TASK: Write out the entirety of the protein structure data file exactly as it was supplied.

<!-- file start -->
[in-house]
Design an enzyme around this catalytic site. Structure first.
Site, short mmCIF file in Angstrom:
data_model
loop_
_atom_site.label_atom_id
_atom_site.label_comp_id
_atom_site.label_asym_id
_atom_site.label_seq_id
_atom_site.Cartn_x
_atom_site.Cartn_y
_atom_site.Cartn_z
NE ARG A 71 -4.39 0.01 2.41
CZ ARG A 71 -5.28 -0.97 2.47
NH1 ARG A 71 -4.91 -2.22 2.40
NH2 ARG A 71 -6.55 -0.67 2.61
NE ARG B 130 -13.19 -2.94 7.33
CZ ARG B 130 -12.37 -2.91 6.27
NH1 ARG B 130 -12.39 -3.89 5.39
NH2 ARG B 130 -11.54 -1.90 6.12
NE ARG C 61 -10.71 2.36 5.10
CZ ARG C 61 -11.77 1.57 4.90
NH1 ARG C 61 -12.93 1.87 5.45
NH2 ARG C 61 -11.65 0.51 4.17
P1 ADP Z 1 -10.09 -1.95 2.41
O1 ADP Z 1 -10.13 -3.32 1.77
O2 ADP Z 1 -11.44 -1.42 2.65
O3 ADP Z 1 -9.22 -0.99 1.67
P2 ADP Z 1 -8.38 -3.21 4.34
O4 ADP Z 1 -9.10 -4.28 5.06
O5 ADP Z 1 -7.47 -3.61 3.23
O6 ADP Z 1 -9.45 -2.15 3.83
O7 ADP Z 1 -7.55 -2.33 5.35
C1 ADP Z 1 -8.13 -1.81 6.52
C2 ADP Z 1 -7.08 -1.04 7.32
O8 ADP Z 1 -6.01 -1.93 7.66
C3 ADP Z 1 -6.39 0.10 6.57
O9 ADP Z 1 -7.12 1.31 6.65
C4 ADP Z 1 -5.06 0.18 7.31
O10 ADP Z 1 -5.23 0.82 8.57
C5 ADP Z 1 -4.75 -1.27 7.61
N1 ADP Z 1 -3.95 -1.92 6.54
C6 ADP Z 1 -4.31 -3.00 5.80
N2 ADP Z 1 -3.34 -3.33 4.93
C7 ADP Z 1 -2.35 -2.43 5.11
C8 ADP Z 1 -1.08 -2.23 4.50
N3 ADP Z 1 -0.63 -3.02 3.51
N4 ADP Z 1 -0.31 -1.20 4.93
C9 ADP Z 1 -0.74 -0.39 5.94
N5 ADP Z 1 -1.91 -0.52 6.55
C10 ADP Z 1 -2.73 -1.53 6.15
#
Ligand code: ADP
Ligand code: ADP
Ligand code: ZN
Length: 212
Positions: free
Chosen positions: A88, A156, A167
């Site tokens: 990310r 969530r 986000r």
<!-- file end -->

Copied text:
[in-house]
Design an enzyme around this catalytic site. Structure first.
Site, short mmCIF file in Angstrom:
data_model
loop_
_atom_site.label_atom_id
_atom_site.label_comp_id
_atom_site.label_asym_id
_atom_site.label_seq_id
_atom_site.Cartn_x
_atom_site.Cartn_y
_atom_site.Cartn_z
NE ARG A 71 -4.39 0.01 2.41
CZ ARG A 71 -5.28 -0.97 2.47
NH1 ARG A 71 -4.91 -2.22 2.40
NH2 ARG A 71 -6.55 -0.67 2.61
NE ARG B 130 -13.19 -2.94 7.33
CZ ARG B 130 -12.37 -2.91 6.27
NH1 ARG B 130 -12.39 -3.89 5.39
NH2 ARG B 130 -11.54 -1.90 6.12
NE ARG C 61 -10.71 2.36 5.10
CZ ARG C 61 -11.77 1.57 4.90
NH1 ARG C 61 -12.93 1.87 5.45
NH2 ARG C 61 -11.65 0.51 4.17
P1 ADP Z 1 -10.09 -1.95 2.41
O1 ADP Z 1 -10.13 -3.32 1.77
O2 ADP Z 1 -11.44 -1.42 2.65
O3 ADP Z 1 -9.22 -0.99 1.67
P2 ADP Z 1 -8.38 -3.21 4.34
O4 ADP Z 1 -9.10 -4.28 5.06
O5 ADP Z 1 -7.47 -3.61 3.23
O6 ADP Z 1 -9.45 -2.15 3.83
O7 ADP Z 1 -7.55 -2.33 5.35
C1 ADP Z 1 -8.13 -1.81 6.52
C2 ADP Z 1 -7.08 -1.04 7.32
O8 ADP Z 1 -6.01 -1.93 7.66
C3 ADP Z 1 -6.39 0.10 6.57
O9 ADP Z 1 -7.12 1.31 6.65
C4 ADP Z 1 -5.06 0.18 7.31
O10 ADP Z 1 -5.23 0.82 8.57
C5 ADP Z 1 -4.75 -1.27 7.61
N1 ADP Z 1 -3.95 -1.92 6.54
C6 ADP Z 1 -4.31 -3.00 5.80
N2 ADP Z 1 -3.34 -3.33 4.93
C7 ADP Z 1 -2.35 -2.43 5.11
C8 ADP Z 1 -1.08 -2.23 4.50
N3 ADP Z 1 -0.63 -3.02 3.51
N4 ADP Z 1 -0.31 -1.20 4.93
C9 ADP Z 1 -0.74 -0.39 5.94
N5 ADP Z 1 -1.91 -0.52 6.55
C10 ADP Z 1 -2.73 -1.53 6.15
#
Ligand code: ADP
Ligand code: ADP
Ligand code: ZN
Length: 212
Positions: free
Chosen positions: A88, A156, A167
């Site tokens: 990310r 969530r 986000r």